This is not suitable for all investors. Trading actively doesn’t only mean day trading. This may also refer to closely monitoring a security and trading from a point to another. You shouldn’t think too much if it goes further up. It’s also very important that you can take the damages if the trade goes against you.
If you do this well, you can increase the return percentages to your portfolio’s performance.
It goes without saying that you can lose money easily in this strategy. Your trades may become long-term holdings if they fall and you can’t bear it. Moreover, you may feel a little greedy and trade a little too often. If you do that, your losses can stack up on top of each other very quickly.
Under favorable circumstances, this can mean that you don’t really have to do anything. Do not buy nor sell. The market will eventually recover, and you’ll find yourself still fully invested.
However, there’s huge risk in this strategy, primarily concerning time. This is because the market usually takes a long time to recover. It can take years and years to see the market beat its previous peak prior to a bear market.
Check Your Fears
Sometimes, the bear market doesn’t come full blown. This means that despite the bear market, investments can recover far quicker than anyone can expect.
The stock market always comes back to the bull market in spite of huge market crashes and corrections. Therefore, you have to keep yourself in check. Learn to separate emotions, especially fear, from logical thinking. You shouldn’t decide solely on emotions.
Try Averaging Down
As we have mentioned, the bear market can last for years. It may feel like you’re in an infinity war. If you still plan to stay in the game for the long haul, you can use dollar-cost averaging.
If you buy shares regardless of the price, you can buy shares at a low price when the market declines. Eventually, the costs you pay will “average down” and will give you better overall entry prices for your shares.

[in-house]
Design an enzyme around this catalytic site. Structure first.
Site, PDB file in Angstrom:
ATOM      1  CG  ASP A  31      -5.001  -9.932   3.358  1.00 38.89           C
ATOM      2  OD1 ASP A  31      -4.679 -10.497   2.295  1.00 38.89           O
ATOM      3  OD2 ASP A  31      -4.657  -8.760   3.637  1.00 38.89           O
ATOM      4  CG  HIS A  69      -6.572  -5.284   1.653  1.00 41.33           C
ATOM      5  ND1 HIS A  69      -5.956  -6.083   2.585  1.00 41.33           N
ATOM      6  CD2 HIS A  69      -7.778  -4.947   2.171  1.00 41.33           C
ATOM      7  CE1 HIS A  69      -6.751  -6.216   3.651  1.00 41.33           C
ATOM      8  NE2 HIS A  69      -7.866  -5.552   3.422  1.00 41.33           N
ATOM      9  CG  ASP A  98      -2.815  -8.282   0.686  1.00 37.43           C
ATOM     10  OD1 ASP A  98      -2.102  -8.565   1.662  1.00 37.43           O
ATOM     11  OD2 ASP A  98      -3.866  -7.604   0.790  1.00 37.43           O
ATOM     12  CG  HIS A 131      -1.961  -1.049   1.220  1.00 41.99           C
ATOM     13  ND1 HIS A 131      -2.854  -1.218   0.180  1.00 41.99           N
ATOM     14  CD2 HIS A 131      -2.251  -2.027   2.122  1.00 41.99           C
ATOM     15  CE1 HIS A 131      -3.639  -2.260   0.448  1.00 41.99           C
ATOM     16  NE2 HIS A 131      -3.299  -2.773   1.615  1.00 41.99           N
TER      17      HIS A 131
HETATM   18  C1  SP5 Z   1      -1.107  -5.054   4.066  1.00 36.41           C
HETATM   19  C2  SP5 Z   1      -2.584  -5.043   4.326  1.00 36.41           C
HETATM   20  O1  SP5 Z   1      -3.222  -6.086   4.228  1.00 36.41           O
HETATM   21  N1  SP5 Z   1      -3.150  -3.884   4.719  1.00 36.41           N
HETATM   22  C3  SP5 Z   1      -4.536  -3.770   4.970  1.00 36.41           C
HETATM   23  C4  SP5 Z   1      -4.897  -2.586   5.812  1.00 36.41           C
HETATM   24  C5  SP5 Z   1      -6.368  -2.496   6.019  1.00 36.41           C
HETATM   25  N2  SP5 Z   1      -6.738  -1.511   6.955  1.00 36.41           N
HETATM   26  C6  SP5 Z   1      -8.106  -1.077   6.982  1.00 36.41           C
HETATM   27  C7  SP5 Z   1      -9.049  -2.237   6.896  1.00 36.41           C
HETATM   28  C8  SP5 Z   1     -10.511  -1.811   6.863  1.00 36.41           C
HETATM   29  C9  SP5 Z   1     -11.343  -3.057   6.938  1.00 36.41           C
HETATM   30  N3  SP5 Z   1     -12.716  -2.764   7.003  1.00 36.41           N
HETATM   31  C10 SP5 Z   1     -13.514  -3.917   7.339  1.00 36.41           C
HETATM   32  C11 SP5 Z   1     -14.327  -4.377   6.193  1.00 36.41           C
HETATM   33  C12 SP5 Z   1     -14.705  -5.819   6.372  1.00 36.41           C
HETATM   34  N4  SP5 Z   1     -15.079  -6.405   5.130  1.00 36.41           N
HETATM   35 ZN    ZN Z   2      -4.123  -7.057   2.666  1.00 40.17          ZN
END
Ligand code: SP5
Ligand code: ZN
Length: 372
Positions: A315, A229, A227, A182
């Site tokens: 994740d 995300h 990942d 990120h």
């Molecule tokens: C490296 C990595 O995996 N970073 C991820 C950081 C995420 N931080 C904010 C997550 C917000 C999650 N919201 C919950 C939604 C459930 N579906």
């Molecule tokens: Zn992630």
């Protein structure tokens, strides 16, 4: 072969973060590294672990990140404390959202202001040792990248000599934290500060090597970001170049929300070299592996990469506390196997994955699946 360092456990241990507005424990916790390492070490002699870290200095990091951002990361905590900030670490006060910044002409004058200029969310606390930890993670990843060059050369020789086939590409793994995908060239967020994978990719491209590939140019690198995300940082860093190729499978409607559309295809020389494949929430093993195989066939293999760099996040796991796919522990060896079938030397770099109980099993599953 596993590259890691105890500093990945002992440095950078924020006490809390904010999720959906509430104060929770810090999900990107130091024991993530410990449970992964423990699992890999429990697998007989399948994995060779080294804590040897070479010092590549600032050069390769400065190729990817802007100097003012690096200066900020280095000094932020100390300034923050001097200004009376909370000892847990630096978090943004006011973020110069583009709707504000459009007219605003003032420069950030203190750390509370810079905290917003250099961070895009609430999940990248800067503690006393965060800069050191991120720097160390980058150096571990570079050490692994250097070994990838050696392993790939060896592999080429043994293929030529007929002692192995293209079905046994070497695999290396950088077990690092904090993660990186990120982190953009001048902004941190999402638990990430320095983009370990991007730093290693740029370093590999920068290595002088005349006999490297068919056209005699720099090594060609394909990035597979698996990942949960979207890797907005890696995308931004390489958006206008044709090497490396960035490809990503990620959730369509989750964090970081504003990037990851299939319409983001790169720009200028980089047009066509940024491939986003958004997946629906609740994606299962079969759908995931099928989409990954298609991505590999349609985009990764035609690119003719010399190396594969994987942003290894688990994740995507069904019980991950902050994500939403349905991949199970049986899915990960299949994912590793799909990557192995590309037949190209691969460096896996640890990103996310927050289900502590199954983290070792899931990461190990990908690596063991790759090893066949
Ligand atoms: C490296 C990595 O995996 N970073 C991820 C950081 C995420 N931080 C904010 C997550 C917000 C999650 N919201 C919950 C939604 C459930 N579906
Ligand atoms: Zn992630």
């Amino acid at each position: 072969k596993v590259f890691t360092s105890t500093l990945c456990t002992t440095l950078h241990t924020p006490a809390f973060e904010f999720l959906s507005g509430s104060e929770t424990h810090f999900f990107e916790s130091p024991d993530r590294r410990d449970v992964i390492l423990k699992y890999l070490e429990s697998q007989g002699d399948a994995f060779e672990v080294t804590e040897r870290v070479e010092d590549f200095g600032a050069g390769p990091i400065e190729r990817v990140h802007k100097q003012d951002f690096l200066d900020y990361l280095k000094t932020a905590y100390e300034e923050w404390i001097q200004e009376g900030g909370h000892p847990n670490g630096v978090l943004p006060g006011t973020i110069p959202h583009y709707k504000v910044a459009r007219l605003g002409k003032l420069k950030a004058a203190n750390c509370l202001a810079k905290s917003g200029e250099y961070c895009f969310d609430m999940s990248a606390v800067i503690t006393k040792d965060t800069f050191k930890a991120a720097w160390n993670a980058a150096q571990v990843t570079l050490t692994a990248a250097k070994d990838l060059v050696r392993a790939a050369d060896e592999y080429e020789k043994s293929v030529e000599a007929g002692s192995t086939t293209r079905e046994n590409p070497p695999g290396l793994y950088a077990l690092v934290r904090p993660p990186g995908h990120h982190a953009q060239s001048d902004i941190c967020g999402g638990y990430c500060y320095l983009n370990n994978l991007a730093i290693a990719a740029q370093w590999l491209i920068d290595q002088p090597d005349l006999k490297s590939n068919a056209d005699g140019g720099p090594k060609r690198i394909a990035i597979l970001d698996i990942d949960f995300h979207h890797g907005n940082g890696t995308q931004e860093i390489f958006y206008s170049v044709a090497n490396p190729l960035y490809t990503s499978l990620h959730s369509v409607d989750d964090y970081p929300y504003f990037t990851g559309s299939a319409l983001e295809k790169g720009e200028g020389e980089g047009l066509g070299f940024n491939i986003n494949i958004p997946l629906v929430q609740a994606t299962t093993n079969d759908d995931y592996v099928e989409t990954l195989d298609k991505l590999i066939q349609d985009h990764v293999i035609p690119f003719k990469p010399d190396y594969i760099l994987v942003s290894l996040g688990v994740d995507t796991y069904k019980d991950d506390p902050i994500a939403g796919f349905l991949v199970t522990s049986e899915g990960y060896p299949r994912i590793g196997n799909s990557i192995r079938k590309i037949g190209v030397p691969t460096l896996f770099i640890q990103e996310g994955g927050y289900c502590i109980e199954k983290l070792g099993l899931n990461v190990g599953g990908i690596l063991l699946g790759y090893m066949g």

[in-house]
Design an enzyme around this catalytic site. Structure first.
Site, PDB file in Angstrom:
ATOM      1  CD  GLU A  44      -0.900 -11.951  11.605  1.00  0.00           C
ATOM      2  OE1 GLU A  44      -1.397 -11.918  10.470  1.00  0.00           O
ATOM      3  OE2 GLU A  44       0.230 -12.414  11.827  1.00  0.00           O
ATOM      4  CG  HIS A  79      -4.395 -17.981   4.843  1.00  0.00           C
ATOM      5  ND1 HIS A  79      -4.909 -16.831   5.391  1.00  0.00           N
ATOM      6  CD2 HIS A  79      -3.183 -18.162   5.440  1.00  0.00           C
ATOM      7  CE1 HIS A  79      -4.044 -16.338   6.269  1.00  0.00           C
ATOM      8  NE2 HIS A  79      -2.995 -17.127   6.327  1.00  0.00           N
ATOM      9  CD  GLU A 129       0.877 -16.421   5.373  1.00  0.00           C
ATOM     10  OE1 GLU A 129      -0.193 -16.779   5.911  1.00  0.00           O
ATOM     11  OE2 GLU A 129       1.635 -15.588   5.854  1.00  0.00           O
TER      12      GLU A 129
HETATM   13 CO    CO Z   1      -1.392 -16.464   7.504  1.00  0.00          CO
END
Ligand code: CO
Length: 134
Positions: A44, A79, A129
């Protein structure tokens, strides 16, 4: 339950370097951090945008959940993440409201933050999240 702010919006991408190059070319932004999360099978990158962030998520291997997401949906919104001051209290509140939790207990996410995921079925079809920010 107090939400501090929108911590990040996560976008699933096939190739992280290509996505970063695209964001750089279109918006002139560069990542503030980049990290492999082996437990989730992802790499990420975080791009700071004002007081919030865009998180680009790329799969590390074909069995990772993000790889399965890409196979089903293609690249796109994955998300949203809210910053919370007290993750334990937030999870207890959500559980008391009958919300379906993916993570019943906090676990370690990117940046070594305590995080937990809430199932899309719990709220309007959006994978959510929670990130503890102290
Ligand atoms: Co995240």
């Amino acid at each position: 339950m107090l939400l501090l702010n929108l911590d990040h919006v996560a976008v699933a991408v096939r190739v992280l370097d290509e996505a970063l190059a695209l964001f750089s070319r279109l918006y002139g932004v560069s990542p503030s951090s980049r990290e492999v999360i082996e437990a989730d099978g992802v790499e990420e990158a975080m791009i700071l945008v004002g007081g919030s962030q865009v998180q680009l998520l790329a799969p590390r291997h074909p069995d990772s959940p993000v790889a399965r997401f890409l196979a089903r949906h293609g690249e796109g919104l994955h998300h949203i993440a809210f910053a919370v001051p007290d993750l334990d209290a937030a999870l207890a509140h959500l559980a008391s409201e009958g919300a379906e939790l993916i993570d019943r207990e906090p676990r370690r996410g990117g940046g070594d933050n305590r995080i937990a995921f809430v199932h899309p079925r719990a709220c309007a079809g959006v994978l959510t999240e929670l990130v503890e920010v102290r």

Make Sure You Diversify Properly
This is a no-brainer. You have to always diversify. If your portfolio suffered from the bear market, it’s obviously high time to improve your asset allocation.
Have a percentage of your portfolio for bonds, stocks, cash, and other alternative assets. This is the golden rule of diversification, where you don’t put all your eggs in one basket.
How to allot your assets depends on your goals, risk tolerance, time horizon, and other investor-specific factors. Having an excellent asset allocation strategy can offset some of the negative impacts of the bear market.
Invest in What You Can Lose
Some investors go for broke, which is, most of the time, a grave mistake. It’s important to have the guts to risk some amounts of money for a reward. However, it’s equally important to know which to risk and which to not risk.
You cannot use any money you can’t afford to lose. Remember that you have to keep a roof on top of your head. Remember that you have to have an investment horizon of at least 5 years.
Keep an Eye on Value
You can view the bear market as an excellent time to buy valuable stocks. The bear market hammers companies’ valuations—including those good companies’. The trick is to know which you really want to buy.
You can imitate Warren Buffet, who builds up his position during down times. This is because the bear market can and will punish even the good companies severely.
Prop Up Your Defenses
When we say ‘defensive’ stocks, we generally refer to stocks that are non-cyclical. These stocks typically perform better than the overall market in times of bearishness. They incur fewer damages than cyclical stocks.
When you invest in these, you get consistent dividend and stable earnings—regardless of the overall market. Examples of these are companies producing non-durables. These fall under the defensive industries since people will still buy them even during hard times.
Conclusion to the Bear Market
Surviving the bear market is a huge challenge that many investors are afraid to face. This is why it’s important that you make the most out of a bullish market. Overall, you should keep a straight face and don’t let the bear overwhelm you. Fortify your portfolio and brace for impact. Consider your options. Plan and make sure you’re two steps ahead of the whole market. The best way to do that is to get to know yourself as an investor.